Transposition cipher

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In cryptography, a transposition cipher is a method of encryption by which the positions held by units of plaintext (which are commonly characters or groups of characters) are shifted according to a regular system, so that the ciphertext constitutes a permutation of the plaintext. That is, the order of the units is changed. Mathematically a bijective function is used on the characters' positions to encrypt and an inverse function to decrypt.

Following are some implementations.


Rail Fence cipher

The Rail Fence cipher is a form of transposition cipher that gets its name from the way in which it is encoded. In the rail fence cipher, the plaintext is written downwards on successive "rails" of an imaginary fence, then moving up when we get to the bottom. The message is then read off in rows. For example, using three "rails" and a message of 'WE ARE DISCOVERED. FLEE AT ONCE', the cipherer writes out:

W . . . E . . . C . . . R . . . L . . . T . . . E
. E . R . D . S . O . E . E . F . E . A . O . C .
. . A . . . I . . . V . . . D . . . E . . . N . .

Then reads off:


(The cipherer has broken this ciphertext up into blocks of five to help avoid errors.)

[edit] Route cipher

In a route cipher, the plaintext is first written out in a grid of given dimensions, then read off in a pattern given in the key. For example, using the same plaintext that we used for rail fence:

W R I O R F E O E 
E E S V E L A N J 
A D C E D E T C X 

The key might specify "spiral inwards, clockwise, starting from the top right". That would give a cipher text of:


Route ciphers have many more keys than a rail fence. In fact, for messages of reasonable length, the number of possible keys is potentially too great to be enumerated even by modern machinery. However, not all keys are equally good. Badly chosen routes will leave excessive chunks of plaintext, or text simply reversed, and this will give cryptanalysts a clue as to the routes.

An interesting variation of the route cipher was the Union Route Cipher, used by Union forces during the American Civil War. This worked much like an ordinary route cipher, but transposed whole words instead of individual letters. Because this would leave certain highly sensitive words exposed, such words would first be concealed by code. The cipher clerk may also add entire null words, which were often chosen to make the ciphertext humorous. See [1] for an example.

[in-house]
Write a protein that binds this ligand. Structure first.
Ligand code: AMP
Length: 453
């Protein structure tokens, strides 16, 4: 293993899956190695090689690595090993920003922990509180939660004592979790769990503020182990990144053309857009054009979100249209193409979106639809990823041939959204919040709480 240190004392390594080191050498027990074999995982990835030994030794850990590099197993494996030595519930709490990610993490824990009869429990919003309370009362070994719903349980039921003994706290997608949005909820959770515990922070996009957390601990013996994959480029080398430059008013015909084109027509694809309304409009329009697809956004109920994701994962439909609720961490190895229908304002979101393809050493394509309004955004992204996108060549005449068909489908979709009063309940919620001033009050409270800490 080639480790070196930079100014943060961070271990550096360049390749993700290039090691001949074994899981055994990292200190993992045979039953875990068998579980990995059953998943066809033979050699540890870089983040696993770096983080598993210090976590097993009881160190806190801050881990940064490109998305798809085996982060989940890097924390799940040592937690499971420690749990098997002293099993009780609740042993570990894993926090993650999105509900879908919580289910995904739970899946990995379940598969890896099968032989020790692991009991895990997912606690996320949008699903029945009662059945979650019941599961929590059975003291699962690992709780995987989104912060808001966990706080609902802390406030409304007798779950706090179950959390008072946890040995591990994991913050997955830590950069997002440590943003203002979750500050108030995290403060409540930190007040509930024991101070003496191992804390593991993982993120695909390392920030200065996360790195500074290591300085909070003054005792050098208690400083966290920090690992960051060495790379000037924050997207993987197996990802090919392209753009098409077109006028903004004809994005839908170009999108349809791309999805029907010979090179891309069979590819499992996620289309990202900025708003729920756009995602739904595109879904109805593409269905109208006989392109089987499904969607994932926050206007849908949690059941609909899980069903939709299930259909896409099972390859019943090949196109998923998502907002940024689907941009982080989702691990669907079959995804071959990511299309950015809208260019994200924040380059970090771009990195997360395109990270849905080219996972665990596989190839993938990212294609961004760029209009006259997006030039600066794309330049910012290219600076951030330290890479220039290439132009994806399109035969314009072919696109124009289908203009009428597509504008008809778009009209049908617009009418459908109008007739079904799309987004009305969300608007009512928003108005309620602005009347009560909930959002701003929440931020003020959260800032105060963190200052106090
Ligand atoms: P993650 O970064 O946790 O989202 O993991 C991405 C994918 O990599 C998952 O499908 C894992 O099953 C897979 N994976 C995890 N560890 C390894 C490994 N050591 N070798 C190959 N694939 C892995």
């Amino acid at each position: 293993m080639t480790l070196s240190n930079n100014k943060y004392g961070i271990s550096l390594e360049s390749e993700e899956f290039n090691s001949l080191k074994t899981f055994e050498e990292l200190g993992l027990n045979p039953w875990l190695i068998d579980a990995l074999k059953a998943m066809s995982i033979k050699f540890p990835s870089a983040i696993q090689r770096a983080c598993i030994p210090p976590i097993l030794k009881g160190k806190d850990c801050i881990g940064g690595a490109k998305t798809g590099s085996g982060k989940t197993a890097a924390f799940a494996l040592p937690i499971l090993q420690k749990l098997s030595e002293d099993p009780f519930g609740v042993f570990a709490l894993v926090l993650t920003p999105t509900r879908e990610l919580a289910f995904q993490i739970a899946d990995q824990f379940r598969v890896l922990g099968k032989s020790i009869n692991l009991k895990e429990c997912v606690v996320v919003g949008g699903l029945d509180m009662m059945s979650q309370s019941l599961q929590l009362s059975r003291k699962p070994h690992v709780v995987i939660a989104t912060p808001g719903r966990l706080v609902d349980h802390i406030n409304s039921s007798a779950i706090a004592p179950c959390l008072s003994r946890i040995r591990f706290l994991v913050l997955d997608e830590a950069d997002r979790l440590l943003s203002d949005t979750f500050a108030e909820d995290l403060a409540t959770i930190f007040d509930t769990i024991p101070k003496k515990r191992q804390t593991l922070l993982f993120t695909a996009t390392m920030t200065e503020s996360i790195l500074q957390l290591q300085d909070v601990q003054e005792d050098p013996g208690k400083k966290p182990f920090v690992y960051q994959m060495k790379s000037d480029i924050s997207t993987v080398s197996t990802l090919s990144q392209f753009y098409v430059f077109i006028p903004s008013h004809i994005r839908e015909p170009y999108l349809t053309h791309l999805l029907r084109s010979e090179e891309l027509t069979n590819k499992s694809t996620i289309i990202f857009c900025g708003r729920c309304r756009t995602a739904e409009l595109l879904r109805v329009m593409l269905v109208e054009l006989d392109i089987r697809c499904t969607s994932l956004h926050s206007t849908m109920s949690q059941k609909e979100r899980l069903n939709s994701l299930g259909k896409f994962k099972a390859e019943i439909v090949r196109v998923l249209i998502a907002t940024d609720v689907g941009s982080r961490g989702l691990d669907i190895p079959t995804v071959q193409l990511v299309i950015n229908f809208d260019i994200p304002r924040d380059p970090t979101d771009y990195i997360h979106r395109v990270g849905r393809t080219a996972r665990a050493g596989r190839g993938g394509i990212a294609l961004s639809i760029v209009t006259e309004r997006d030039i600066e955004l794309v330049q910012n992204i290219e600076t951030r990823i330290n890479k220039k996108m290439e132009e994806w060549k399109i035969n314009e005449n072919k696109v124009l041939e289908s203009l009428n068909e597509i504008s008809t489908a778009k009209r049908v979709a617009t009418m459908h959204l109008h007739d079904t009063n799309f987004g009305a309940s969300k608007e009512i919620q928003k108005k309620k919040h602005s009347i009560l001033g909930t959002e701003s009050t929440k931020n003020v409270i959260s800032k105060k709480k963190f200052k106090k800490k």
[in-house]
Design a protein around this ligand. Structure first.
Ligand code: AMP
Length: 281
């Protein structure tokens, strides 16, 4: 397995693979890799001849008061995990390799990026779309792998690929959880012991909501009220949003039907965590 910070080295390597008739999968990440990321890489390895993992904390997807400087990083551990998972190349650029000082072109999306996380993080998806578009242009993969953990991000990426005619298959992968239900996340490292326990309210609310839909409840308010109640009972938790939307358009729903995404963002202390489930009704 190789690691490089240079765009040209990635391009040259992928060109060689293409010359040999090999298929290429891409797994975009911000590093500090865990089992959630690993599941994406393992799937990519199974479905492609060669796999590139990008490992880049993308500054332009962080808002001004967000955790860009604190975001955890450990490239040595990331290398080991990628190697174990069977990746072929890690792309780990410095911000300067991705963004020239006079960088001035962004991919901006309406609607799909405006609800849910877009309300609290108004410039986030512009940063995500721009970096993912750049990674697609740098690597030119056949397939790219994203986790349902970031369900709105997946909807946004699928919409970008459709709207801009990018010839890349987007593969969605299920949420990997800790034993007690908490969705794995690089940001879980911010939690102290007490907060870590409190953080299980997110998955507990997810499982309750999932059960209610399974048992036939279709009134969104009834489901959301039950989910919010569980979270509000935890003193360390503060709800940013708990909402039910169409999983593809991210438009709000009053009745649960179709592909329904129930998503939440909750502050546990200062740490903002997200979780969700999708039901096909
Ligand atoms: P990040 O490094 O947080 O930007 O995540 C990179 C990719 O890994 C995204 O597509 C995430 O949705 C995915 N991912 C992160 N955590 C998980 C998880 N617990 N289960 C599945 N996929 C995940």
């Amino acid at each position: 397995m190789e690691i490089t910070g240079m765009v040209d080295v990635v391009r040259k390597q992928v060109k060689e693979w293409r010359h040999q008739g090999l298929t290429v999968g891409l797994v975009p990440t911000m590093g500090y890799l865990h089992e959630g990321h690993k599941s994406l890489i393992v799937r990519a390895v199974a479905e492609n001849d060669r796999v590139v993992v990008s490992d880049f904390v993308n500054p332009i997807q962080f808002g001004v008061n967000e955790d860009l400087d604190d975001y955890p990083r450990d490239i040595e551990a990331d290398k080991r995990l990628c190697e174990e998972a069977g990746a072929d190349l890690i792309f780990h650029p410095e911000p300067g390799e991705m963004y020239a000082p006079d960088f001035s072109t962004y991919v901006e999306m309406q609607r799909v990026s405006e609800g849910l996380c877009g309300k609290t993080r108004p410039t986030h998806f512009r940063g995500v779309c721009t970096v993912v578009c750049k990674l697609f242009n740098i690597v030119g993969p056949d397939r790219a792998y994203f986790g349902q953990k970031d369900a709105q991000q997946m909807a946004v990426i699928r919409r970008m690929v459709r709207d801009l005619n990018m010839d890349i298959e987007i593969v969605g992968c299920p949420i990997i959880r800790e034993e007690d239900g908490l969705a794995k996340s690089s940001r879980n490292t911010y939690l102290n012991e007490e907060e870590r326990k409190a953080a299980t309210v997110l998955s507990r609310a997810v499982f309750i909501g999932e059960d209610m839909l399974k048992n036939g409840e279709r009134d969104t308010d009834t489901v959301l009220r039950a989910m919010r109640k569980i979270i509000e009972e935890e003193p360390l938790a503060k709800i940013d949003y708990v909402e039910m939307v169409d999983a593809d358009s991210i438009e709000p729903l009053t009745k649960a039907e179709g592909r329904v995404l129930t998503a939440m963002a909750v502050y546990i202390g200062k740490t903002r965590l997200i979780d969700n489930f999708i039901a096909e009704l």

[edit] Columnar transposition

In a columnar transposition, the message is written out in rows of a fixed length, and then read out again column by column, and the columns are chosen in some scrambled order. Both the width of the rows and the permutation of the columns are usually defined by a keyword. For example, the word ZEBRAS is of length 6 (so the rows are of length 6), and the permutation is defined by the alphabetical order of the letters in the keyword. In this case, the order would be "6 3 2 4 1 5".

In a regular columnar transposition cipher, any spare spaces are filled with nulls; in an irregular columnar transposition cipher, the spaces are left blank. Finally, the message is read off in columns, in the order specified by the keyword. For example, suppose we use the keyword ZEBRAS and the message WE ARE DISCOVERED. FLEE AT ONCE. In a regular columnar transposition, we write this into the grid as:

6 3 2 4 1 5
W E A R E D 
I S C O V E 
R E D F L E 
E A T O N C 
E Q K J E U 

Providing five nulls (QKJEU) at the end. The ciphertext is then read off as:


In the irregular case, the columns are not completed by nulls:

6 3 2 4 1 5
W E A R E D 
I S C O V E 
R E D F L E 
E A T O N C 

This results in the following ciphertext:

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